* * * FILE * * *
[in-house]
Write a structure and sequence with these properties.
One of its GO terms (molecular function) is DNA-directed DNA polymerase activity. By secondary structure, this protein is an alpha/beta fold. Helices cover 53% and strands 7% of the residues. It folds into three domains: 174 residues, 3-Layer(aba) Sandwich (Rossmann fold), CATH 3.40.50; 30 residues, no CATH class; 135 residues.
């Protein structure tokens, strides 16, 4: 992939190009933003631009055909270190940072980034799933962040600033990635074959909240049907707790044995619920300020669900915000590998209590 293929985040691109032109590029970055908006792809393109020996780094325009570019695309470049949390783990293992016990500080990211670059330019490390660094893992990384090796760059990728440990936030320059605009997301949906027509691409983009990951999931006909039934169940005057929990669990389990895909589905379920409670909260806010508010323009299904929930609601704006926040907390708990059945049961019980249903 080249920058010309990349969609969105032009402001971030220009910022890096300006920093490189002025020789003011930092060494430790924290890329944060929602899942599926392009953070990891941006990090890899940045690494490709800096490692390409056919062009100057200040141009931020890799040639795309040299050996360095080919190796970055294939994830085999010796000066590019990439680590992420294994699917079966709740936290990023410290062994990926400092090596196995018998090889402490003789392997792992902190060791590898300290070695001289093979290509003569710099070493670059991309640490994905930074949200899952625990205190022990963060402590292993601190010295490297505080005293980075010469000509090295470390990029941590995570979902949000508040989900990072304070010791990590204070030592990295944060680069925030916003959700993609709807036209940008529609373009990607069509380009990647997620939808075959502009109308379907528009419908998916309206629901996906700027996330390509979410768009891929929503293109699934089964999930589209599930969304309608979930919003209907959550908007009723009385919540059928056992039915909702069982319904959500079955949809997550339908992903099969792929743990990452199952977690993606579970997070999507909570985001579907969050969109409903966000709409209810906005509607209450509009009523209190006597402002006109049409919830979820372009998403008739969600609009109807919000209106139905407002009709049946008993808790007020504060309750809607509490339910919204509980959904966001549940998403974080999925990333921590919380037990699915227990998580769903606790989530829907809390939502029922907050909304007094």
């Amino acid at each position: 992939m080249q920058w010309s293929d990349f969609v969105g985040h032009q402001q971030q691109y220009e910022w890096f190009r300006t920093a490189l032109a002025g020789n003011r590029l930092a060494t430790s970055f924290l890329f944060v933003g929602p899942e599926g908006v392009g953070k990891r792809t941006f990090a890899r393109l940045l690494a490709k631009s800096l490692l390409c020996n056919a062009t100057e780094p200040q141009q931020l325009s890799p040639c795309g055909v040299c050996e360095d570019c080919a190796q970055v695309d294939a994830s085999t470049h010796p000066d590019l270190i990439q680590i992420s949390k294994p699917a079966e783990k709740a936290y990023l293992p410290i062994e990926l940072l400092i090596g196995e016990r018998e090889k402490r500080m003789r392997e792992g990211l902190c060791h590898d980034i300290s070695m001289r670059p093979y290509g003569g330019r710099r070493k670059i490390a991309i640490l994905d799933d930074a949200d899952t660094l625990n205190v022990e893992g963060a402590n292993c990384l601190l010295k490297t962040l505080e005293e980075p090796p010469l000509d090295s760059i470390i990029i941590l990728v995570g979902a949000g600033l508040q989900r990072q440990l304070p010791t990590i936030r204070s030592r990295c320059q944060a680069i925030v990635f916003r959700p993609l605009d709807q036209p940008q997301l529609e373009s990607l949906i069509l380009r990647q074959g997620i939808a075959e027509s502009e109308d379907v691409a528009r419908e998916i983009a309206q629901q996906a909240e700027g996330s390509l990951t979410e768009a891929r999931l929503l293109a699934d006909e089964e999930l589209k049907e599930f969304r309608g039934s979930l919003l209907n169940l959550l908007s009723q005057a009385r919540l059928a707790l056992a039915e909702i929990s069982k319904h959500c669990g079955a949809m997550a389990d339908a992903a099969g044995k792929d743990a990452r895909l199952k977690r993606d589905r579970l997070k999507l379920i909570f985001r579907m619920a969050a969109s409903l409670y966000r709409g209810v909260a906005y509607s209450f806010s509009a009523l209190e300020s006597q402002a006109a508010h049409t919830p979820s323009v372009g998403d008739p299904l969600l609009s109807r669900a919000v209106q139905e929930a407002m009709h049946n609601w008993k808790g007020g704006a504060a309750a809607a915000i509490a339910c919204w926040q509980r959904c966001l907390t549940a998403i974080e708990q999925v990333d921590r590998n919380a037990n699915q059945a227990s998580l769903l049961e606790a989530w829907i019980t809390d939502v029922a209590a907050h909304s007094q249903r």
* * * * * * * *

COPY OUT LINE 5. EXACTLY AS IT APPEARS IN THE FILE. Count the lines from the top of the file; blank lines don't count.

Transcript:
């Amino acid at each position: 992939m080249q920058w010309s293929d990349f969609v969105g985040h032009q402001q971030q691109y220009e910022w890096f190009r300006t920093a490189l032109a002025g020789n003011r590029l930092a060494t430790s970055f924290l890329f944060v933003g929602p899942e599926g908006v392009g953070k990891r792809t941006f990090a890899r393109l940045l690494a490709k631009s800096l490692l390409c020996n056919a062009t100057e780094p200040q141009q931020l325009s890799p040639c795309g055909v040299c050996e360095d570019c080919a190796q970055v695309d294939a994830s085999t470049h010796p000066d590019l270190i990439q680590i992420s949390k294994p699917a079966e783990k709740a936290y990023l293992p410290i062994e990926l940072l400092i090596g196995e016990r018998e090889k402490r500080m003789r392997e792992g990211l902190c060791h590898d980034i300290s070695m001289r670059p093979y290509g003569g330019r710099r070493k670059i490390a991309i640490l994905d799933d930074a949200d899952t660094l625990n205190v022990e893992g963060a402590n292993c990384l601190l010295k490297t962040l505080e005293e980075p090796p010469l000509d090295s760059i470390i990029i941590l990728v995570g979902a949000g600033l508040q989900r990072q440990l304070p010791t990590i936030r204070s030592r990295c320059q944060a680069i925030v990635f916003r959700p993609l605009d709807q036209p940008q997301l529609e373009s990607l949906i069509l380009r990647q074959g997620i939808a075959e027509s502009e109308d379907v691409a528009r419908e998916i983009a309206q629901q996906a909240e700027g996330s390509l990951t979410e768009a891929r999931l929503l293109a699934d006909e089964e999930l589209k049907e599930f969304r309608g039934s979930l919003l209907n169940l959550l908007s009723q005057a009385r919540l059928a707790l056992a039915e909702i929990s069982k319904h959500c669990g079955a949809m997550a389990d339908a992903a099969g044995k792929d743990a990452r895909l199952k977690r993606d589905r579970l997070k999507l379920i909570f985001r579907m619920a969050a969109s409903l409670y966000r709409g209810v909260a906005y509607s209450f806010s509009a009523l209190e300020s006597q402002a006109a508010h049409t919830p979820s323009v372009g998403d008739p299904l969600l609009s109807r669900a919000v209106q139905e929930a407002m009709h049946n609601w008993k808790g007020g704006a504060a309750a809607a915000i509490a339910c919204w926040q509980r959904c966001l907390t549940a998403i974080e708990q999925v990333d921590r590998n919380a037990n699915q059945a227990s998580l769903l049961e606790a989530w829907i019980t809390d939502v029922a209590a907050h909304s007094q249903r």